The parlour – from the French word ‘parler’, meaning to talk – was like our living room. It would also have been the sleeping quarters for the male servants, whose job it was to protect the house.
The heart of the manor, originally the hall doubled as a dining room and kitchen. Until the late Tudor period, this was where the entire household ate and the lord of the manor received his visitors.
This room features a tester bed. Marked ‘EP’ and dated 1592, it is thought to have belonged to Welsh Bishop Edmund Prys, who first translated the Psalms into Welsh.
The kitchen’s high ceiling kept it cool. This was good for those who worked there, and for preserving food. Meat was salted or hung to smoke in the chimney cupboard, and there is a bread oven for baking.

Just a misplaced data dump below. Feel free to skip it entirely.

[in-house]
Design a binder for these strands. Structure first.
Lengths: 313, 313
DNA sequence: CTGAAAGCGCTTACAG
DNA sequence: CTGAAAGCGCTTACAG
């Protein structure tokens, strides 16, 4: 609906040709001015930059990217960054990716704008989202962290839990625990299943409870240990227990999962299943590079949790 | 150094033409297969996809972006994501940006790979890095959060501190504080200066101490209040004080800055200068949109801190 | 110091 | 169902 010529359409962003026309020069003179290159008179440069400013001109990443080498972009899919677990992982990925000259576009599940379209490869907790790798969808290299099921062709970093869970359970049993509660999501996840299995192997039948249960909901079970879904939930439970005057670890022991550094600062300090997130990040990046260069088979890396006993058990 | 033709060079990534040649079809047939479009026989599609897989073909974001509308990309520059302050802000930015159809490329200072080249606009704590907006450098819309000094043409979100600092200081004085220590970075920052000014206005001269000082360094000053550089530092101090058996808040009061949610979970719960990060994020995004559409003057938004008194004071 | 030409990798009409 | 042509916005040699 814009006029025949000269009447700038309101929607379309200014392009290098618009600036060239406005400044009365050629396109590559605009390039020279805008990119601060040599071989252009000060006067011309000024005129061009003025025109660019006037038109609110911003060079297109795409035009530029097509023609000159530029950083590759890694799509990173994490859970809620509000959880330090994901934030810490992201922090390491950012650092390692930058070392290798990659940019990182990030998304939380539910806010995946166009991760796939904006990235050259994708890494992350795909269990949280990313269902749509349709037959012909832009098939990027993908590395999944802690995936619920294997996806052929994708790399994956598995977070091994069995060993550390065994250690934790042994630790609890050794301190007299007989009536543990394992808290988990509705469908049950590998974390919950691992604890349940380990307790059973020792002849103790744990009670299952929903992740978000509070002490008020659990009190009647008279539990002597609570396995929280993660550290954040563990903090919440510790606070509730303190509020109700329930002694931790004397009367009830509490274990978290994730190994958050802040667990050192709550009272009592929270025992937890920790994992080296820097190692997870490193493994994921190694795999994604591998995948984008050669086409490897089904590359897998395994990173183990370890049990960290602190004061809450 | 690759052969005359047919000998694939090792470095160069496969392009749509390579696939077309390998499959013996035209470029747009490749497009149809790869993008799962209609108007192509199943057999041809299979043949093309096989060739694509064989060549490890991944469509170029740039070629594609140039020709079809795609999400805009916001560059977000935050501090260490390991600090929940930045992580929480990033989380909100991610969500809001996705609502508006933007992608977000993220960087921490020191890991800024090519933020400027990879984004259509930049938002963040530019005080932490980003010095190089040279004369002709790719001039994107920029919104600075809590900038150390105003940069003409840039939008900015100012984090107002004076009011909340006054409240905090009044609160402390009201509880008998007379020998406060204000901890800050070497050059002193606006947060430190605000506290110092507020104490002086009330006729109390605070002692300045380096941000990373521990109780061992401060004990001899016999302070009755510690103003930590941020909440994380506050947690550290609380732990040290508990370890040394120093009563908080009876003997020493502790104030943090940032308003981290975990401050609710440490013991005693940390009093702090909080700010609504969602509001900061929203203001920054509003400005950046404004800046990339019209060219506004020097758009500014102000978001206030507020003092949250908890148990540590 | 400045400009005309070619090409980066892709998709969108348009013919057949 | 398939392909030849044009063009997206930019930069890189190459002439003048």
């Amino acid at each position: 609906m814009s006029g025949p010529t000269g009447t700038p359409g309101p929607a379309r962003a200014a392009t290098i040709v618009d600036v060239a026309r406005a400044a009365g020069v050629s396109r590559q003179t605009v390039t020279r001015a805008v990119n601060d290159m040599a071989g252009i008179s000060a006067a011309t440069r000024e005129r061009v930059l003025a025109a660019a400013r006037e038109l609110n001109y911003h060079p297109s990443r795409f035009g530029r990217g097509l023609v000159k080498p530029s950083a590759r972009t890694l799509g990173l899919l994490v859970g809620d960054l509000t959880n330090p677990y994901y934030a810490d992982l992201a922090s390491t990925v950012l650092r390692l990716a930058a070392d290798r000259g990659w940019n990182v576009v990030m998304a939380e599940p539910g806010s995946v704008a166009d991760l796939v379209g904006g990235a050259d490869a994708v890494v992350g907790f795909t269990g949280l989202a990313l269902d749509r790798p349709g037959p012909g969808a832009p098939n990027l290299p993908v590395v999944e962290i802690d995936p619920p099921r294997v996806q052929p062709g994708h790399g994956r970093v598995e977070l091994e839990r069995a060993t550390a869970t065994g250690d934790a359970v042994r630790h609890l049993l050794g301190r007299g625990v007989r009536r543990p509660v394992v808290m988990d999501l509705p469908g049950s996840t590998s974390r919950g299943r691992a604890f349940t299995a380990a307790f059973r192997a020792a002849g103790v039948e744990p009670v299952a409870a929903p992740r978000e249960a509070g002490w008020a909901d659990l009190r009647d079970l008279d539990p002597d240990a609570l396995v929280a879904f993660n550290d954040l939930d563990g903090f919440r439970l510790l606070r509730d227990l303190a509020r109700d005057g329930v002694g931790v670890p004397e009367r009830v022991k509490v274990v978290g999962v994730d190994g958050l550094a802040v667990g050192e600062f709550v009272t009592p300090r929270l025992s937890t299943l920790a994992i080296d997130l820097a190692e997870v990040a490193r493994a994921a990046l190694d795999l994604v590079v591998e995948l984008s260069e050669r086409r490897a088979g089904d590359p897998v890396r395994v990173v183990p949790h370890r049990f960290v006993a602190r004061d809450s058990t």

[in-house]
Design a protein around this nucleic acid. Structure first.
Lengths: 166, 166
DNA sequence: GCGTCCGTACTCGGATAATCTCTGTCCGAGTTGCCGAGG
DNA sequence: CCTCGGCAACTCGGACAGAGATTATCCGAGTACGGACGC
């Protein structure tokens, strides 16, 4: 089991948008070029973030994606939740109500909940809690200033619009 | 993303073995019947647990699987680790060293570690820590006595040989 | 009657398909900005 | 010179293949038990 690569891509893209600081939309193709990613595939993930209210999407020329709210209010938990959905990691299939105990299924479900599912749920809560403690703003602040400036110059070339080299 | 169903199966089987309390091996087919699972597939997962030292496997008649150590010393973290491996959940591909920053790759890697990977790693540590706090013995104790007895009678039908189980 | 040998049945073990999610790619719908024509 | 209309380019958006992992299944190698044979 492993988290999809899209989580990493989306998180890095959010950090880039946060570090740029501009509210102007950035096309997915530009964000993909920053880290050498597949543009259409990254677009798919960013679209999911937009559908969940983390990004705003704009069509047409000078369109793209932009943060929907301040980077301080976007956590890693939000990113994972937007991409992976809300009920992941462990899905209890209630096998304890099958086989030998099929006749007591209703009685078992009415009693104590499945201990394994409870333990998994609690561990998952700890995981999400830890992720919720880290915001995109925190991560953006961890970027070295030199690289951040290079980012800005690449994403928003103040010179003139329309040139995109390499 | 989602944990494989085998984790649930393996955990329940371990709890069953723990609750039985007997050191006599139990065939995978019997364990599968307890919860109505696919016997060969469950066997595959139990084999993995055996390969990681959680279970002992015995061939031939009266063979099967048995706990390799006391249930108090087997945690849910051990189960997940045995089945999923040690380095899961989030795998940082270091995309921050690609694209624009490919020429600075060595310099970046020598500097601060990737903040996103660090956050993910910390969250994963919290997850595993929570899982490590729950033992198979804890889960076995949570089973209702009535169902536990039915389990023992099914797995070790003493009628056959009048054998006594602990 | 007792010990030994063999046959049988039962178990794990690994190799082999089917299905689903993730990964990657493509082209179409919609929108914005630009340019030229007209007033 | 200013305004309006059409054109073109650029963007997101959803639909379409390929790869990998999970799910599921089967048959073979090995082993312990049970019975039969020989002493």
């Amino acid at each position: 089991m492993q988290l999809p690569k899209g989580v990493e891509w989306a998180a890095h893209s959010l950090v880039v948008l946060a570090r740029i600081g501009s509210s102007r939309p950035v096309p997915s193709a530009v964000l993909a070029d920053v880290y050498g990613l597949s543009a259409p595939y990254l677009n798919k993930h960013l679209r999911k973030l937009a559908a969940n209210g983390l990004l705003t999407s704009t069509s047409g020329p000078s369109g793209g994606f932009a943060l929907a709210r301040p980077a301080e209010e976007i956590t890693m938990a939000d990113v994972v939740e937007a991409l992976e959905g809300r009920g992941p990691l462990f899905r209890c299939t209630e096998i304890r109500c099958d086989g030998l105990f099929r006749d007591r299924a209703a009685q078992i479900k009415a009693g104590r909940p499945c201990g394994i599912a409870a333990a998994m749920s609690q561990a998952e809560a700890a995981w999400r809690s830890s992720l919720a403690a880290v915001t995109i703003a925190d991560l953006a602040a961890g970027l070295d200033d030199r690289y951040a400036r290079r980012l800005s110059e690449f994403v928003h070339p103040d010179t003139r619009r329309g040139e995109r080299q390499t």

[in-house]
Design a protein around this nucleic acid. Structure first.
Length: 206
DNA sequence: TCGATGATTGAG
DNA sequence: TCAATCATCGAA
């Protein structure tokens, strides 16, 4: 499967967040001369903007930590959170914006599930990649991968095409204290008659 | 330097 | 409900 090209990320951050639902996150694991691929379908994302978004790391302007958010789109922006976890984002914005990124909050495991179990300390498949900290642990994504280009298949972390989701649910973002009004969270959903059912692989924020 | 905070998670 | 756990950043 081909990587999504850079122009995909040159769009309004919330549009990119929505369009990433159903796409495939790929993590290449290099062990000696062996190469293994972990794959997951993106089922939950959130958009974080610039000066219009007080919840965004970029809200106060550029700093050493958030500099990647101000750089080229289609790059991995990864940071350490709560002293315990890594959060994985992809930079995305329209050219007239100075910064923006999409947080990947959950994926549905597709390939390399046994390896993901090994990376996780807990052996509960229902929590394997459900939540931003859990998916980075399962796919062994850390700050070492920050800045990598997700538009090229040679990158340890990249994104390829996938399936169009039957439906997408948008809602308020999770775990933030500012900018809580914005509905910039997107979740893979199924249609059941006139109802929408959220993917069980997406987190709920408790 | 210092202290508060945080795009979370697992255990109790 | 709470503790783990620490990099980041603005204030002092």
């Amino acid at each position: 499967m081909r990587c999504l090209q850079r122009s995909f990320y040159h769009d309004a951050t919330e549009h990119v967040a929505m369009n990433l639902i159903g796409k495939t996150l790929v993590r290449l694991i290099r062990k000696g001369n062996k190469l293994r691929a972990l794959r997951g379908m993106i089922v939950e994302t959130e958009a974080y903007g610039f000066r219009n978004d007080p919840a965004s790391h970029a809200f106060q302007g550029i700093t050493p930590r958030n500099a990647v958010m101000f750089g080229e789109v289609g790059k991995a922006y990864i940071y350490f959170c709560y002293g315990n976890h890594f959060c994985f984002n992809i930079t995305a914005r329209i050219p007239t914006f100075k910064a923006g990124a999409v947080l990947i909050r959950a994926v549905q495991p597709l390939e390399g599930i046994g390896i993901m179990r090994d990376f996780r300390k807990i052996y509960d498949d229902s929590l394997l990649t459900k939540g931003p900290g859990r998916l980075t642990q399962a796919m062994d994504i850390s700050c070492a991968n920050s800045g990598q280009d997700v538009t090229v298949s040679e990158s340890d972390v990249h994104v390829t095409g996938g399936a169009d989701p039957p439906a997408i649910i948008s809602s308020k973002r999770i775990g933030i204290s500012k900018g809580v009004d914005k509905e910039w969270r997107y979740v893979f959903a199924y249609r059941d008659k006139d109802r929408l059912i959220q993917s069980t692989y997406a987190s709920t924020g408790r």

The female servants probably slept here. Catholicism was outlawed for much of the Tudor period so the Priest Hole, a small opening in the side wall, sometimes hid a Catholic hiding in fear of the King’s soldiers.
With large windows, the solar was designed to benefit from sunlight and reserved for important family members. Access was via the unusual outside staircase, which leads to the garden.